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Welcoming the Silence
If we're truly nearing the end of the social media era, how might we use the silence to create something new?
Yesterday, as I soaked up the late-spring sun atop my paddle board, I contemplated the end of Web 2.0.
I listened to Jon Favreau and Ben Smith talk about the "Last Good Day on the Internet" (it was the day we couldn't decide on the color of the dress) and about what new media companies like BuzzFeed News got wrong about social media. I heard Derek Beres talk with Ben Cohen about how all conspiracy theories end in anti-semitism and how metrics-driven media are likely to lean into extremist views. I considered the ways the attention economy drives a cycle of rapid development and abandonment in our "real world" communities while listening to Paris Marx and David A. Banks.
I sensed again what seems like a looming silence.
If AI creates an Instagram post and no one is paying attention, does it make a sound?
I considered the countless people making things to share with others—articles, videos, art, ideas—and the ambiguity of the media environment in which they'll be released. I thought about the conversations I've had with podcasters who do good work and worry they won't be able to reach people who want to hear it.
We've been saturated in an overwhelming amount of media for so long that the specter of silence implicit in the "end of the social media era" is frightening.
So many people clamor after the few remaining likes and shares available to those who aren't interested in playing whatever game is currently being played. I've arm-wrestled for these fleeting whispers of validation myself. Even the smallest evidence of traction can be enough to keep fighting.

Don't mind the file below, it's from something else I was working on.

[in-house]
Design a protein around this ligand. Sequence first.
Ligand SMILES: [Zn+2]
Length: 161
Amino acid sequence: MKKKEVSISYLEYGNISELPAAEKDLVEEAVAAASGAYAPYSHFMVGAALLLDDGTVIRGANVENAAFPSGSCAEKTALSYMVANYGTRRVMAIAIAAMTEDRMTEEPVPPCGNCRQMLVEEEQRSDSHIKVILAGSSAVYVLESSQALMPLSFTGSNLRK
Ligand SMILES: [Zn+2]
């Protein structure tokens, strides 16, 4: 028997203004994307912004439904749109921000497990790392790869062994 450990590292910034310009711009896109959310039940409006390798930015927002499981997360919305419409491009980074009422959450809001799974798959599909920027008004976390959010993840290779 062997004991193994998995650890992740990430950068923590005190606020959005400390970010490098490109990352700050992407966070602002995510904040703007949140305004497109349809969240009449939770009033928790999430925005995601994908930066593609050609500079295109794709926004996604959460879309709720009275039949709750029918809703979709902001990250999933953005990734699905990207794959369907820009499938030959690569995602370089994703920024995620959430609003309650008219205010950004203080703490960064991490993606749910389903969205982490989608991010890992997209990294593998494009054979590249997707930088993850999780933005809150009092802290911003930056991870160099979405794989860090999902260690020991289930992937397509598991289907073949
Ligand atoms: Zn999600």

We struggle against silence. We vie for relevance.
For almost as long as I've been writing on the web, people have talked about the pain of releasing something "to crickets." We've learned to associate the sound of crickets—an aural stand-in for silence—with irrelevance. No response is a bad response, a rejection.
Silence became a rebuke of what we've created and, by extension, who we are.
The philosopher Bernard Dauenhauer cautioned against perceiving silence this way. Instead of silence being a “lack” of response (or meaning, or attention, etc.), it is what makes discourse possible. Talking with each other will always produce moments of silence. We need silence to create meaning across our varied perceptions and experiences.
Today, silence is the most likely response to what we share. It doesn't mean that we've created something bad or that we're bad. It means people just aren't gathering on the platforms where we typically share things as much as they used to. Further, the silence we do encounter might be a prelude to deeper engagement.
What if we welcomed the silence?
What if we stopped fighting the silence and started using it?
For my 40th birthday last September, I gave myself the gift of silence. I left the constant din of Lititz traffic and rented a cabin on a lake in the Adirondacks. I spent 4 days all by myself. I floated on my paddle board for hours, reading, thinking, and listening to podcasts (not exactly silence, but still quiet). Minute by minute, I felt the vibrations of noisy life leave my body.
This short retreat wasn't so much about rest as it was about relief. It relieved me of the ravages of noise for a few short days and gave me a supply of silence that I could use.
Sure, I find myself anxious about how the next chapter of the internet will emerge. I worry about those who have come to rely on the particular tools and culture that shaped the web over the last decade. And yes, I worry about myself, too.
But today, I'm also feeling profoundly hopeful about what we might do with less noise in our internet lives. And I look forward to seeing what we might create with a new supply of silence.
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